Used People

The success of Steel Magnolias, featuring an all-star cast headed by Sally Field, Julia Roberts and Shirley MacLaine, and this year's two sleepers Fried Green Tomatoes, with Kathy Bates and Jessica Tandy, and the British comedy Enchanted April continues to prove that there is a viable market for small, intimate movies about women. Melodramatic in nature, these narratives also provide good, “meaty” roles for female stars in an industry still dominated by action adventures, male-oriented pictures, and male stars.

How else could you explain the release of three movies this week, all centering on women's problems and emotions: the comedy-melodrama Used People, John Sayles' Passion Fish, and Michelle Pfeiffer's star vehicle Love Field. Regrettably, all three movies are disappointing, though for different reasons.

“Relationships” and melodramatic trappings also dominate Used People, a three-generational comedy-drama that in many ways is a throwback to the kinds of films made–and enjoyed–in the l950s. Still, it is hard to dismiss completely a movie that shrewdly cast some of the American cinema's best–and oldest–actresses. Watching this all-star confection, I was relieved when Shirley MacLaine, who has given some of the worst performances of her career since she won an Oscar Award, was not overacting as she did in Madame Sousatzka and Steel Magnolias.

If Sayles' Passion Fish is a soap opera without tears, Used People is a grand soap opera–with plenty of suds. Set in New York's Queens in l969, the narrative stars MacLaine as Pearl Berman, a middle-aged Jewish widow and matriarch of an extended family consisting of her commonsensical mother (Jessica Tandy) and her two “problematic” daughters: Freida (Kathy Bates) and Norma (Marcia Gay-Harden). The dysfunctional family is thrown off its already shaky balance, when a charming Italian widower (Marcello Mastroianni) proposes marriage to the very Jewish Pearl. Need I go further and tell the rest of the story and how it resolves Suffice is to say that the movie contains all the familiar stereotypes about Jewish and Italian sub-cultures.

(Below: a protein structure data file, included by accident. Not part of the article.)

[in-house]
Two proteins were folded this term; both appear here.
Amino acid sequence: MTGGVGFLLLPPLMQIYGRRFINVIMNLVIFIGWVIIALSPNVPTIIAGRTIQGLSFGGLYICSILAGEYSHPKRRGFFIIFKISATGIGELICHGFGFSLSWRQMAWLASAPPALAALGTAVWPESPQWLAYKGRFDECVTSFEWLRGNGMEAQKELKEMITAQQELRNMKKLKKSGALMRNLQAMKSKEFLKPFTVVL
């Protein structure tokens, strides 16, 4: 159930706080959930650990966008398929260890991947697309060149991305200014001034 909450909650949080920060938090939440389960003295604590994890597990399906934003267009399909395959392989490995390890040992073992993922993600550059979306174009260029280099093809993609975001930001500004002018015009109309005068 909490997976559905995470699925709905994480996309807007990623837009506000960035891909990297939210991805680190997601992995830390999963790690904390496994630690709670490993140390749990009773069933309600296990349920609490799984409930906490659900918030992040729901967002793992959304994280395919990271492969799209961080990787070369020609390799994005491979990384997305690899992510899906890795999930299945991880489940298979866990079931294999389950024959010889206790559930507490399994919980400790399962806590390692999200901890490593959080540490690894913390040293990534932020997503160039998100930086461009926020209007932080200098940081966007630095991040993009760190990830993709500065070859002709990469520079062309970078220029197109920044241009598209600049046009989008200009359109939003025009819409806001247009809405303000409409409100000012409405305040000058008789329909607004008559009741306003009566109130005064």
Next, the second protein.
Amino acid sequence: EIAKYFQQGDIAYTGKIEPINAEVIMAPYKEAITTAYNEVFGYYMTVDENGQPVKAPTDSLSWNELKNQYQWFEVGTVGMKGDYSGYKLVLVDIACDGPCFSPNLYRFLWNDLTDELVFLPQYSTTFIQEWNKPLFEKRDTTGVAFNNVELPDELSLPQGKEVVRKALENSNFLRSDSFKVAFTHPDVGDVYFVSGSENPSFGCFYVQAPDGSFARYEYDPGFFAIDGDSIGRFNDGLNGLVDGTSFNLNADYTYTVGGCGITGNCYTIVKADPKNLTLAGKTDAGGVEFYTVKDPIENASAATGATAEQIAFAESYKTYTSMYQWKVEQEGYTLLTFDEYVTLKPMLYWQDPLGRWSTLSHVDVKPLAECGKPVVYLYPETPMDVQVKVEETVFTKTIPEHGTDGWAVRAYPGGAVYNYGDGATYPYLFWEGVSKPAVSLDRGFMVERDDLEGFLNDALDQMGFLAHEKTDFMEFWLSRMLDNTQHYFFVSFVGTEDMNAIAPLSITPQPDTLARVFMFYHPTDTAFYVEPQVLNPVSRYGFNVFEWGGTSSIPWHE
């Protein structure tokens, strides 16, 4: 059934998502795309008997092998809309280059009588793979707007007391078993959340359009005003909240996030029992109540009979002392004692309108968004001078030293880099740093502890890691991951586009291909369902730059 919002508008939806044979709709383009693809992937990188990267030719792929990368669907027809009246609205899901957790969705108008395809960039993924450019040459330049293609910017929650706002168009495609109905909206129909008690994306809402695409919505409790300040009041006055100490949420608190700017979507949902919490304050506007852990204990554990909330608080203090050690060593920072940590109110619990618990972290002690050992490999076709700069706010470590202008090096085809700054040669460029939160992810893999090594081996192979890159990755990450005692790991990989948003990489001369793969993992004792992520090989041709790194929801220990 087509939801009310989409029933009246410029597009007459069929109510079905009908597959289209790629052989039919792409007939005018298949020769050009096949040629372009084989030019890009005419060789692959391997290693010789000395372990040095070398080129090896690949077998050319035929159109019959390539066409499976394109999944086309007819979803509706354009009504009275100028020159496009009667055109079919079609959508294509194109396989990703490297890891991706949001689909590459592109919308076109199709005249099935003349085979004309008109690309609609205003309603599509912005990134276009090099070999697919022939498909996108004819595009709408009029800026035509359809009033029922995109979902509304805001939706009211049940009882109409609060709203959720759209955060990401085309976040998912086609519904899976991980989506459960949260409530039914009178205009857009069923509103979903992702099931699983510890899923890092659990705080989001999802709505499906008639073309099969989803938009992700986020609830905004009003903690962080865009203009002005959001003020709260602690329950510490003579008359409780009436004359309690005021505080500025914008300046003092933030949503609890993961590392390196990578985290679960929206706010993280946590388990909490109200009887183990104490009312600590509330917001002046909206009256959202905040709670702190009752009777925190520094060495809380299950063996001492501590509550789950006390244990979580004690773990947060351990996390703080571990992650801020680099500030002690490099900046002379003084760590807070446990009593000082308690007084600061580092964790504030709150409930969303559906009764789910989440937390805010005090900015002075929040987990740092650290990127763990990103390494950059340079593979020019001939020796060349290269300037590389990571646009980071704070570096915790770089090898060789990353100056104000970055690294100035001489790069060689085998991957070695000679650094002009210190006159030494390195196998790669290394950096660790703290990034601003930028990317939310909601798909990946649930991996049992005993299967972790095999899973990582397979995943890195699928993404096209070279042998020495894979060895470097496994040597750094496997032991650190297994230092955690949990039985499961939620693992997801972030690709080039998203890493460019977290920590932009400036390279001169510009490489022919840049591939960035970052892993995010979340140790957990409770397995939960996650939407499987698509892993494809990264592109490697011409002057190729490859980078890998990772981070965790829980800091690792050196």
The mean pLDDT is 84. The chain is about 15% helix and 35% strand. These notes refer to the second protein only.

British director Beeban Kidron, whose Antonia and Jane was one of the funniest comedies last year, unabashedly goes for caricature and easy laughs. I had a few laughs watching Marcia Gay-Hayden emulating–not unlike Michelle Pfeiffer in Love Field–pop culture icons Marilyn Monroe or Barbra Streisand and enacting Anne Bancroft's great seduction scene from The Graduate.

Rachel Portman's score, which may remind you of Italian movie music (Nino Rotta and company), helps to unify the highly disjointed, TV-like movie. Still, the level of acting is pretty accomplished overall, though the most impressive acting is rendered by that old trooper, Sylvia Sidney, as Jessica Tandy's friend and companion, in a witty, well-written part.

In a year, which is not exactly great for female performances, some of the actresses in the three aforementioned movies, Passion Fish, Love Field, and Used People, are bound to receive Oscar nominations and perhaps awards for their work.